Stay one step ahead of the fraudsters with our series of articles giving you the lowdown on the scams they use to trick people out of their hard-earned cash - and how to avoid being taken in by them.
This week, we take a closer look at ransomware - a type of software used by criminals to infect people's computers, tablets or smartphones and extort money from them.
How does it work?
Ransomware infiltrates a computer after a user clicks on a link or attachment in an email or on a website.
Its aim is to scare those affected into paying a ransom by threatening them in some way.
In one recent example, ransomware sent out to computer users in Australia encrypted - or locked up - recipients' files and threatened to delete them.
The malware message, which featured the Los Pollos Hermanos chicken shop logo from the hit series Breaking Bad, then directed them to a website through which they could protect their files by buying Bitcoins to pay the hackers a digital ransom of more than £500.
How can I avoid being caught out?
Ransomware can be used against companies and government agencies as well as individuals.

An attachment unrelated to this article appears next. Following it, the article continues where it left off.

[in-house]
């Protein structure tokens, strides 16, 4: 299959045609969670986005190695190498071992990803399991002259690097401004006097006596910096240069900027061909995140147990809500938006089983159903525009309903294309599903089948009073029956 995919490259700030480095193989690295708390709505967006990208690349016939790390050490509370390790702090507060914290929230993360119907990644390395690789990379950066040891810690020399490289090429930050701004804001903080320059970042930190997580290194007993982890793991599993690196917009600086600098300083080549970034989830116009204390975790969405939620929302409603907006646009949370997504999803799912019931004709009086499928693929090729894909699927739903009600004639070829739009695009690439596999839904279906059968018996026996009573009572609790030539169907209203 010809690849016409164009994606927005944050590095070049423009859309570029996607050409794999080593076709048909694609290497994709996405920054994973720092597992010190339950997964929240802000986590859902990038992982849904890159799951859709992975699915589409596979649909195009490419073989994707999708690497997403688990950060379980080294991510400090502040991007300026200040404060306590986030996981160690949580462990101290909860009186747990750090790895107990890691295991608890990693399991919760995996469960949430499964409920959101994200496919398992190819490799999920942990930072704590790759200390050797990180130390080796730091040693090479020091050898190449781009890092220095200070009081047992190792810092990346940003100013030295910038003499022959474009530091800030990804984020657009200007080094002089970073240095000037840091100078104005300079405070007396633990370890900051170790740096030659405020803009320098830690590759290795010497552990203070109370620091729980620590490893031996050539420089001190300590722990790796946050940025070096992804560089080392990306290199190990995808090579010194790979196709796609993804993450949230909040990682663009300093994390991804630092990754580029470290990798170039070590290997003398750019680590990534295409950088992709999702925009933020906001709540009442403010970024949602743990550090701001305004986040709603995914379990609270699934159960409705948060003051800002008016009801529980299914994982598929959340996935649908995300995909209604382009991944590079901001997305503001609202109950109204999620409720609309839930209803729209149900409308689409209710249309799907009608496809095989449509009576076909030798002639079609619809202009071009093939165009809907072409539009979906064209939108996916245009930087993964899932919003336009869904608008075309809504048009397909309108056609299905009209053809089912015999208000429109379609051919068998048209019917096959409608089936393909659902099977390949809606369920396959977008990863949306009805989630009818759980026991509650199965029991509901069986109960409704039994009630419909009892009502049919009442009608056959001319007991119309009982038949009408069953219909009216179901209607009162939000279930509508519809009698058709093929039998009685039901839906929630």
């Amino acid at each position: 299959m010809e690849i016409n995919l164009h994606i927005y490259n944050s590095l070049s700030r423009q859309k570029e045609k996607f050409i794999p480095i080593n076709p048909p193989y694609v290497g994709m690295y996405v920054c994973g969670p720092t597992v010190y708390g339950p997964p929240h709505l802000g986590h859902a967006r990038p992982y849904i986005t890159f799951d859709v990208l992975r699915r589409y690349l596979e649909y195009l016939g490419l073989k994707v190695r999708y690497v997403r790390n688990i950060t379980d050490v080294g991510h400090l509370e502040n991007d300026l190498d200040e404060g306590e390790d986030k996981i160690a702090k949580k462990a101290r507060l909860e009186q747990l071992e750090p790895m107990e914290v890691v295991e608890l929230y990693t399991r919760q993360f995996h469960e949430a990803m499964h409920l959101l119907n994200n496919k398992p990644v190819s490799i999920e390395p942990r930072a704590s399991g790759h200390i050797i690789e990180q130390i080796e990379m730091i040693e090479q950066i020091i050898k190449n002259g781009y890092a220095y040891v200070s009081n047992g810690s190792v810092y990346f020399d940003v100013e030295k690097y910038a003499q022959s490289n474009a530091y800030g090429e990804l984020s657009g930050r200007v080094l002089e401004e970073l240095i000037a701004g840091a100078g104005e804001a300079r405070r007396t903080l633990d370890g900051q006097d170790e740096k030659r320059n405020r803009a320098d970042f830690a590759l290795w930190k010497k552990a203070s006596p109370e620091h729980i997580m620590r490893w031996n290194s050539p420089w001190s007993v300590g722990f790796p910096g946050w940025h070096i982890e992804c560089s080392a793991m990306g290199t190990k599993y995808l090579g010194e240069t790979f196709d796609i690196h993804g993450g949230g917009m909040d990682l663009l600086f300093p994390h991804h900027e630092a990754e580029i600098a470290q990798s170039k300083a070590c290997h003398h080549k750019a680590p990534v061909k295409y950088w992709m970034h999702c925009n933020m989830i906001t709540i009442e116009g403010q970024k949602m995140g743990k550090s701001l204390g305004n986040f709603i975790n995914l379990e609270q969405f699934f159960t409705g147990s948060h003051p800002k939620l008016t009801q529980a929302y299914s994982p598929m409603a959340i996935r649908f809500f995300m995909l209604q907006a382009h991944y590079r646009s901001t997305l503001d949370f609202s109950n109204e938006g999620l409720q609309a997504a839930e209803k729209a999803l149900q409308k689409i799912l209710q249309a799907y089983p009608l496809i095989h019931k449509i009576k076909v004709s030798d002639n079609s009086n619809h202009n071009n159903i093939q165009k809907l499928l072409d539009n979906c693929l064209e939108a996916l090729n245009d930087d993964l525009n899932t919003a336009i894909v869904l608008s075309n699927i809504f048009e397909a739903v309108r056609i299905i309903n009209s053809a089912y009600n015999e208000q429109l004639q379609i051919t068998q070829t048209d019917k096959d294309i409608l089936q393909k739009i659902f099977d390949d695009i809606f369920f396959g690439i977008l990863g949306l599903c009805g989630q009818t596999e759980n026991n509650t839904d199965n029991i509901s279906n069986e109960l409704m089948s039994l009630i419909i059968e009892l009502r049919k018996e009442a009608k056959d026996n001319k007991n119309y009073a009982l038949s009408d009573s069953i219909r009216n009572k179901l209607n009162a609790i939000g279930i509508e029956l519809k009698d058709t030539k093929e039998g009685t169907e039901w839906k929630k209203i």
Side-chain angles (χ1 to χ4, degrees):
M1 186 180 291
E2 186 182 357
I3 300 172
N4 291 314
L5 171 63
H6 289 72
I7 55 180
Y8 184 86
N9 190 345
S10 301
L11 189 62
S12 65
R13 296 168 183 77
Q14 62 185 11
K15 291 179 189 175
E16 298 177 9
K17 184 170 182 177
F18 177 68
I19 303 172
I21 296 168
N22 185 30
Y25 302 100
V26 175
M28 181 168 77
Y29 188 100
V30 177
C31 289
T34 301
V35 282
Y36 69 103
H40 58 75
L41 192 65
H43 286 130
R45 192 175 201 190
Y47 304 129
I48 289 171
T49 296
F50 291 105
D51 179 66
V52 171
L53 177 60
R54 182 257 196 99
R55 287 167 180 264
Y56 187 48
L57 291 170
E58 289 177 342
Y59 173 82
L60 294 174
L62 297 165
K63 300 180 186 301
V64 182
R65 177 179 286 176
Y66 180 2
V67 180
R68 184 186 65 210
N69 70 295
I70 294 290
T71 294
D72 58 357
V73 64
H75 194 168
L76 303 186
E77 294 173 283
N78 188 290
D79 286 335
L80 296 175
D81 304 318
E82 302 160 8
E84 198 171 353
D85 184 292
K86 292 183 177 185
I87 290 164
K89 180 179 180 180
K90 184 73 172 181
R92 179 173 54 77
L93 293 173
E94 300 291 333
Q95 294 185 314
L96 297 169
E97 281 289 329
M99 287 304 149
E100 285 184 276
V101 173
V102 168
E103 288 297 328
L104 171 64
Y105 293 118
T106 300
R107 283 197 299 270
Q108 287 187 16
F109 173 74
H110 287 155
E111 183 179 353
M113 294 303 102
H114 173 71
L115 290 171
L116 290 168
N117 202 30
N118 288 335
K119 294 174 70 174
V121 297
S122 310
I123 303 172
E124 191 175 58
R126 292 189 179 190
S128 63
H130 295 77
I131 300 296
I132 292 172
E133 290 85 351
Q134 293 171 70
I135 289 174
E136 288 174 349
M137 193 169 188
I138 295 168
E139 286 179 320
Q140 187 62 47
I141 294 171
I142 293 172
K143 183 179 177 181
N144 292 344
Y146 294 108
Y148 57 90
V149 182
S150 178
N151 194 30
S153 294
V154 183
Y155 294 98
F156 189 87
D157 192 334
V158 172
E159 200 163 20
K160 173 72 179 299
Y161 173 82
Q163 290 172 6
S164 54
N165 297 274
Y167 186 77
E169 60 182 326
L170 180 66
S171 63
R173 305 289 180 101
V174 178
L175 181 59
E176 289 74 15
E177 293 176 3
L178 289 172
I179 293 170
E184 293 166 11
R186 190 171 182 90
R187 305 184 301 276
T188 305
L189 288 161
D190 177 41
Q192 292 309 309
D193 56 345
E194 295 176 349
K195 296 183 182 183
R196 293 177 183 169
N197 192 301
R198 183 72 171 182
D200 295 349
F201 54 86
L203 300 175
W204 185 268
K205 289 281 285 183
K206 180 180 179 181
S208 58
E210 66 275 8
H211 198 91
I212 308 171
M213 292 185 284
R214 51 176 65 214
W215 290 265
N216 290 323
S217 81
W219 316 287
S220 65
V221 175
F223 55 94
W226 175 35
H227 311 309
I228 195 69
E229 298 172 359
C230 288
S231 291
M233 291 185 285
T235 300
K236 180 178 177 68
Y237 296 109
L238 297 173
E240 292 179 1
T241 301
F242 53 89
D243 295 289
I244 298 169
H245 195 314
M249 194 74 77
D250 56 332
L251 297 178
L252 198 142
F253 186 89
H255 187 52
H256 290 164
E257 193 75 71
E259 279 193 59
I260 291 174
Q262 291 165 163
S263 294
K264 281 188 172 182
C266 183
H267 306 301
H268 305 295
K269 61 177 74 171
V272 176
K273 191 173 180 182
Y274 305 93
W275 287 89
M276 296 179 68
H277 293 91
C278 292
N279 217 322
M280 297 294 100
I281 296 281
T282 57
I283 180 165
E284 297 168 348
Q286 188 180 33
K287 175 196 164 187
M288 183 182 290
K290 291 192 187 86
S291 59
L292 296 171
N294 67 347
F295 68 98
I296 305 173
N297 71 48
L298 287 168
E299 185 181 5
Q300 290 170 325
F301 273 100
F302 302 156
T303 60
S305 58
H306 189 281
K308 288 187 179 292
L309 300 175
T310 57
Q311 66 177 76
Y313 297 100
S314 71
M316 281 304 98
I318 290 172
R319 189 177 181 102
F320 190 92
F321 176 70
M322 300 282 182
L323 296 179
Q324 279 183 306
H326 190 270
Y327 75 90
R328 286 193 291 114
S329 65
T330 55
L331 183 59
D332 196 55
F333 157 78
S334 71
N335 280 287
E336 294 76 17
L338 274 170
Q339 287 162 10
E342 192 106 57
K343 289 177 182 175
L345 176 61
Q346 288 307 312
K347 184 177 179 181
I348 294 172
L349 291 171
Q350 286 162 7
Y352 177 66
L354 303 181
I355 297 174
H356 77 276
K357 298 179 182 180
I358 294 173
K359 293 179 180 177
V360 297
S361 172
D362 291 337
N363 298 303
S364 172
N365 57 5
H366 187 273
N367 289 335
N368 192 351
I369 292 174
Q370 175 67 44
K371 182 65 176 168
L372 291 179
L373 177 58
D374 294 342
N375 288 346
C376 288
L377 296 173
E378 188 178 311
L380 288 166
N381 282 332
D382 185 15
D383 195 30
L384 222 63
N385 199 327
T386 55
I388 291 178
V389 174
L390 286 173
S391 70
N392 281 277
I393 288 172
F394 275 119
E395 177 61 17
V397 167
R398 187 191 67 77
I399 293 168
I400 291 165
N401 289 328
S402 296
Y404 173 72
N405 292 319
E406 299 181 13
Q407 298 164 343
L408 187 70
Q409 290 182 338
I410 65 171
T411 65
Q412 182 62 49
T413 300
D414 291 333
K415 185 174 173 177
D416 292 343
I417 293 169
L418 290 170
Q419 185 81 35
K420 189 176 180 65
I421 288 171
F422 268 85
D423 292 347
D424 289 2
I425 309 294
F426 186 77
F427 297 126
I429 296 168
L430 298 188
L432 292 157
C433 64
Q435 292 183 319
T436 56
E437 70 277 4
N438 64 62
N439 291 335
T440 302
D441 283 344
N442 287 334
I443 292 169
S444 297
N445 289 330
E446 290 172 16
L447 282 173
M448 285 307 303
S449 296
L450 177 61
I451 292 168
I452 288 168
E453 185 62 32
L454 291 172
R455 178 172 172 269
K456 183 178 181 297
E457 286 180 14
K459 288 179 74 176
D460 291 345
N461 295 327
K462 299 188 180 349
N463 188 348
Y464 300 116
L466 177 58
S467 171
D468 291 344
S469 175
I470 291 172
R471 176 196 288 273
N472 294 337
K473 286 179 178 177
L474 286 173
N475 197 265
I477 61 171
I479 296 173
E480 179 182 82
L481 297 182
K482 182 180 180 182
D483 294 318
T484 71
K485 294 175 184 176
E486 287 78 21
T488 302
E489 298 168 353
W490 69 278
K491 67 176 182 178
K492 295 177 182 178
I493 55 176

These include backing up your files on a system that is not directly connected to your computer or network and investing in online storage that will be able to retrieve uninfected files.
You should also ignore any suspicious emails and avoid clicking on any links in messages sent from people or organisations you do not know and trust.
I've been defrauded. What should I do?
The only way to remove ransomware from a computer or device is to strip it of all the files and software previously installed and reset it to what is called factory condition.
If you have a back up system, the files and software that have been removed can then be reinstalled.
As with all types of fraud, you should ignore ransomware payment demands and report the attack to Action Fraud on 0300 123 2040.
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